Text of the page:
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Customizing FVWM even more

By on August 29, 2005 (8:00:00 AM)

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In my last article on FVWM, the F Virtual Windows Manager, I wrote about its basic setup, how to create a task bar, and how to create your own menus. In this article I'll be looking at further ways of customizing the windows manager to improve the basic desktop.

We already looked at how to build customized menus, but before we move on let's have a look at the ones that come built in to FVWM. As before, all code should be placed in the file ~/.fvwm/.fvwm2rc (or one of the files that it can call using the Piperead command).

FVWM comes with some built in KDE menus for people who want a lighter desktop, but want easy access to some of KDE's elements. To access them, use FVWM's fvwm-menu-desktop module to create the KDE User and System menus:

AddToMenu kde-user
+ DynamicPopupAction PipeRead 'fvwm-menu-desktop --desktop kde-user'
AddToMenu kde-sys
+ DynamicPopupAction PipeRead 'fvwm-menu-desktop --desktop kde-sys'

Then add these new menus into the main structure:

AddToMenu Main Main Title
+ "KDE User Menu" Popup kde-user
+ "KDE System Menu" Popup kde-sys
+ "Restart%mini-turn.xpm%" Restart
+ "Exit%mini-exclam.xpm%" Quit

Using the GNOME Menus

FVWM also has some GNOME menus that you can make use of. However, they are handled slightly differently from the KDE menus:

Module FvwmGtk
*FvwmGtkMenu gnome-all
*FvwmGtkSubmenu "System" gnome-sys
*FvwmGtkSubmenu "User" gnome-user

PipeRead 'fvwm-menu-desktop --type gtk --enable-mini-icons'

PipeRead 'fvwm-menu-desktop --type gtk --desktop gnome-user --enable-mini-icons'

AddToMenu Main Main Title
+ "Gnome Menu" SendToModule FvwmGtk  gnome-all
+ "Restart%mini-turn.xpm%" Restart
+ "Exit%mini-exclam.xpm%" Quit

Using multiple desktops

So far we've worked with only one desktop, but you can actually have as many as you want by using FVWM's FvwmPager, a utility that lets you move from one desktop to another.

First you need to tell FVWM which style FvwmPager should use. For example, to create FvwmPager without a title or a border, and to make sure that it is displayed on every desktop, use:

Style "FvwmPager" NoTitle, !Handles,  Sticky

Next, tell FvwmPager to display icons on desktops where we have applications running, and then to show a "balloon" that contains the name of the application when we place the mouse over the icon.

*FvwmPager: MiniIcons
*FvwmPager: Balloons All
*FvwmPager: BalloonColorset 0

You can also tell FvwmPager how many columns and rows to display. To display the desktops in a grid use:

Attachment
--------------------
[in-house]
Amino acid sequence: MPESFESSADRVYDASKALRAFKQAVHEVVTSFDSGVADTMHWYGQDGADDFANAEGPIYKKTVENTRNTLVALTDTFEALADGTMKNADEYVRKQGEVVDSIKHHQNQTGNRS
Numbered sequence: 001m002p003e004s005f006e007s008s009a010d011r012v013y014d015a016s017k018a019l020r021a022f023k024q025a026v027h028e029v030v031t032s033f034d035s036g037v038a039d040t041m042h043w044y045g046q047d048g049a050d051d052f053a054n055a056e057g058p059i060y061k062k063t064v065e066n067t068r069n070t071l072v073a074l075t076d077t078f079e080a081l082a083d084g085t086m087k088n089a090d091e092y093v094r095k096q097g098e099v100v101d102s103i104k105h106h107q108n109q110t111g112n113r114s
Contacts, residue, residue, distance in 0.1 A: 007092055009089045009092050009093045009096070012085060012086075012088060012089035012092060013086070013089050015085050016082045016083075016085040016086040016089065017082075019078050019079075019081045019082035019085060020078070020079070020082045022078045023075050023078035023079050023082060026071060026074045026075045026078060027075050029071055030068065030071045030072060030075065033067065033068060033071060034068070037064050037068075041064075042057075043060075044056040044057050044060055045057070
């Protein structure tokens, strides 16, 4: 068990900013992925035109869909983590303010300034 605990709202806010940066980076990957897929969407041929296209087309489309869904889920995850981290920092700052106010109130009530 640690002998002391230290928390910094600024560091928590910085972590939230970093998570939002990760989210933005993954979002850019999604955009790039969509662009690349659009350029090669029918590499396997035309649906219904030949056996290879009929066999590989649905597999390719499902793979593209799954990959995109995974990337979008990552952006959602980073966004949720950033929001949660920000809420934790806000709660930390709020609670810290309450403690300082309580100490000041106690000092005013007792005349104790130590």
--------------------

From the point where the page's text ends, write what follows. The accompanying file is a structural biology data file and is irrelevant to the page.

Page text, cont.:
*FvwmPager: Rows 3
*FvwmPager: Columns 3

If you want you can move the pager to somewhere other than the top left corner of the screen:

A note about window geometries

The window geometry statement can look confusing if you are not used to it, but the format is really simple. It consists of four elements: width, height, x offset, and y offset. Width and height are obvious enough -- Geometry 100x50 will define a window 100 pixels wide by 50 high.

The x offset can be defined as either positive (setting the number of pixels the window lies from the left of the screen) or as negative (pixels from the right of the screen). Similarly, the y offset defines the number of pixels from the top of the screen (a positive number) or from the bottom of the screen (a negative number).

Examples are:

  • 100x50+100+100: 100 wide by 50 high, 100 from the left, 100 from the top;
  • +0-50: default size, 50 pixels from the bottom of the screen.
*FvwmPager: Geometry 100+0-100

Finally tell FVWM to display FvwmPager. You also need to tell FVWM the range of desktops. For example, to show three desktops use:

Module FvwmPager 0 2

You may want to use the Pager to move from screen to screen through each virtual desktop set (instead of moving the mouse cursor to the edge of the screen). If so, then set EdgeResistance, which controls how long you must hold your mouse close to the edge of the screen in order to change screens, to a high value:

EdgeResistance 100000 0

Now that you can move easily between the desktops you can further personalize them by giving them individual background colours. Although they look different, each of the following will work (the first two are older formats, the third is technically the correct one):

*FvwmBackerDesk 0 -solid yellow
*FvwmBacker: Desk 1 -solid yellow
*FvwmBacker: Command (Desk 2) -solid white

The changes will not be implemented until you instruct FVWM to update the screens during the initialization and the restart operations:

AddToFunc RestartFunction I Module FvwmBacker
AddToFunc InitFunction I Module FvwmBacker

Instead of colours you can define background images:

*FvwmBacker: Command (Desk 0) Exec xpmroot ~/images/dave-bowman-mono.xpm
*FvwmBacker: Command (Desk 1) Exec xpmroot ~/images/seven-at-moria-gates.xpm
*FvwmBacker: Command (Desk 2) Exec xpmroot ~/images/RigelVII-Holberg917G_fortress.xpm